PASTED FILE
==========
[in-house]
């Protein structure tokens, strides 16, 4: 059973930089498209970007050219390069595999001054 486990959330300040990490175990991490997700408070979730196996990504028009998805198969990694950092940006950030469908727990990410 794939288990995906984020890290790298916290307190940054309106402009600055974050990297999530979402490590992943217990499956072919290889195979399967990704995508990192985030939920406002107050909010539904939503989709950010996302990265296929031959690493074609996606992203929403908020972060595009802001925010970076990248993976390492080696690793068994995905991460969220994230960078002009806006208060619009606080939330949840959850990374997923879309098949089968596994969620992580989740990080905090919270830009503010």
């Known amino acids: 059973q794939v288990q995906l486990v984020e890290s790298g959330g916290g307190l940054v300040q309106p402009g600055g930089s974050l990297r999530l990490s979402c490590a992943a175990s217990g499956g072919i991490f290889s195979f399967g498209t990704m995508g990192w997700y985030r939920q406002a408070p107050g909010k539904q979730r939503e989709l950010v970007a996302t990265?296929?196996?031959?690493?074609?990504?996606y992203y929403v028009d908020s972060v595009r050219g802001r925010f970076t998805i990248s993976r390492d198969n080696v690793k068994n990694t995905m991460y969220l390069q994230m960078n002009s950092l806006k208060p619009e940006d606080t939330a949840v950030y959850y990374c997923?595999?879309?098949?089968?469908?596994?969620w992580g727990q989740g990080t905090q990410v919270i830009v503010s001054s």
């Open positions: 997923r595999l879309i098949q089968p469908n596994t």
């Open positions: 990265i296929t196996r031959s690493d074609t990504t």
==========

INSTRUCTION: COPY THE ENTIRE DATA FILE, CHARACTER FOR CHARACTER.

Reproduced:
[in-house]
């Protein structure tokens, strides 16, 4: 059973930089498209970007050219390069595999001054 486990959330300040990490175990991490997700408070979730196996990504028009998805198969990694950092940006950030469908727990990410 794939288990995906984020890290790298916290307190940054309106402009600055974050990297999530979402490590992943217990499956072919290889195979399967990704995508990192985030939920406002107050909010539904939503989709950010996302990265296929031959690493074609996606992203929403908020972060595009802001925010970076990248993976390492080696690793068994995905991460969220994230960078002009806006208060619009606080939330949840959850990374997923879309098949089968596994969620992580989740990080905090919270830009503010």
């Known amino acids: 059973q794939v288990q995906l486990v984020e890290s790298g959330g916290g307190l940054v300040q309106p402009g600055g930089s974050l990297r999530l990490s979402c490590a992943a175990s217990g499956g072919i991490f290889s195979f399967g498209t990704m995508g990192w997700y985030r939920q406002a408070p107050g909010k539904q979730r939503e989709l950010v970007a996302t990265?296929?196996?031959?690493?074609?990504?996606y992203y929403v028009d908020s972060v595009r050219g802001r925010f970076t998805i990248s993976r390492d198969n080696v690793k068994n990694t995905m991460y969220l390069q994230m960078n002009s950092l806006k208060p619009e940006d606080t939330a949840v950030y959850y990374c997923?595999?879309?098949?089968?469908?596994?969620w992580g727990q989740g990080t905090q990410v919270i830009v503010s001054s």
């Open positions: 997923r595999l879309i098949q089968p469908n596994t």
């Open positions: 990265i296929t196996r031959s690493d074609t990504t």